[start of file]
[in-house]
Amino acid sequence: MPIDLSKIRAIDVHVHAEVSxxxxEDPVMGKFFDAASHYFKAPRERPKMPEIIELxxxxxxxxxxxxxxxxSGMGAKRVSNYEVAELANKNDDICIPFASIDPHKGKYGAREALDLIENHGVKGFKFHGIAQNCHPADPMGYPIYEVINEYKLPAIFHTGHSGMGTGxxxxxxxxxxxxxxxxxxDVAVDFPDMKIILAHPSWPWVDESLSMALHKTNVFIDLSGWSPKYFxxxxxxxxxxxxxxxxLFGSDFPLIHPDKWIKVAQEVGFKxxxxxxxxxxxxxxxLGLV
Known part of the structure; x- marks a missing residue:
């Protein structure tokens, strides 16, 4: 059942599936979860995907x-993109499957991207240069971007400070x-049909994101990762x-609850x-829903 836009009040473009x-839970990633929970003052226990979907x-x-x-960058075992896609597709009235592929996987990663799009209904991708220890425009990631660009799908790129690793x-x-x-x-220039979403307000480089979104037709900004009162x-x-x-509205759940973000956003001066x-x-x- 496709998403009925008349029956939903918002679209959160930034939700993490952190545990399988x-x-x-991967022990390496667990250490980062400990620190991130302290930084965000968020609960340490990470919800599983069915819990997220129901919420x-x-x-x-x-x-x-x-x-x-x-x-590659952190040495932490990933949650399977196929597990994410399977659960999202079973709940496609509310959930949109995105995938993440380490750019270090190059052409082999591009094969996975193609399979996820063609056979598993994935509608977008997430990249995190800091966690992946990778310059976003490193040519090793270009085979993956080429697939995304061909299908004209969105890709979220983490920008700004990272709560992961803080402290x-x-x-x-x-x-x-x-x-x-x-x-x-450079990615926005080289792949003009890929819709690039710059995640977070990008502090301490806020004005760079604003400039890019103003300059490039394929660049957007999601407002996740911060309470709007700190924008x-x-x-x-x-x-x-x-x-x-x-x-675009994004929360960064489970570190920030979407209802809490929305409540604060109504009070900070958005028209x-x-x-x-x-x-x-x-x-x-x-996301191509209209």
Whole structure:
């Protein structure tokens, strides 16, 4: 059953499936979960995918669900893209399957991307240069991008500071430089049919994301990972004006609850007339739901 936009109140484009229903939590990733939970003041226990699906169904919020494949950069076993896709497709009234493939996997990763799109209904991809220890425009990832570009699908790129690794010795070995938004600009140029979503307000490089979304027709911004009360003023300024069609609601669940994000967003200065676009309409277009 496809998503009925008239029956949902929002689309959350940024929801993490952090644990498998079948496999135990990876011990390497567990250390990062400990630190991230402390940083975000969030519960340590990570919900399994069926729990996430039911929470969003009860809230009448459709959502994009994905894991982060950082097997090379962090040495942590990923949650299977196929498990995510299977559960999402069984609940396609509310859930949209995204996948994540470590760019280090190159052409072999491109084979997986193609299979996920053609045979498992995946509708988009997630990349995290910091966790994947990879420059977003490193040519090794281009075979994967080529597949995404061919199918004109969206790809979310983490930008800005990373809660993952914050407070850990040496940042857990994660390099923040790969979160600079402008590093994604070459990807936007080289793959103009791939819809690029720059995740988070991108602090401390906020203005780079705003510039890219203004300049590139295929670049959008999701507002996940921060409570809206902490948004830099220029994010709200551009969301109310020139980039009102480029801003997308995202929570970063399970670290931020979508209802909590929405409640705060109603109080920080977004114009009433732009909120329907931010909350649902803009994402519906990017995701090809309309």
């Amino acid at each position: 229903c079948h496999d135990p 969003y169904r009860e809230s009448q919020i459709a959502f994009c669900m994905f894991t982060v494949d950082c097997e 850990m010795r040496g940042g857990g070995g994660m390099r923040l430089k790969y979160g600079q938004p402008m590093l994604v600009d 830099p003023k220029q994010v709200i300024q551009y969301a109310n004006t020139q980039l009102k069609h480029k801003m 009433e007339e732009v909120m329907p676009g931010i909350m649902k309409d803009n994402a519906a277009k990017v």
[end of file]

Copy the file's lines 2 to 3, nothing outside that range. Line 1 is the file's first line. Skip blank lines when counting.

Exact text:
Amino acid sequence: MPIDLSKIRAIDVHVHAEVSxxxxEDPVMGKFFDAASHYFKAPRERPKMPEIIELxxxxxxxxxxxxxxxxSGMGAKRVSNYEVAELANKNDDICIPFASIDPHKGKYGAREALDLIENHGVKGFKFHGIAQNCHPADPMGYPIYEVINEYKLPAIFHTGHSGMGTGxxxxxxxxxxxxxxxxxxDVAVDFPDMKIILAHPSWPWVDESLSMALHKTNVFIDLSGWSPKYFxxxxxxxxxxxxxxxxLFGSDFPLIHPDKWIKVAQEVGFKxxxxxxxxxxxxxxxLGLV
Known part of the structure; x- marks a missing residue: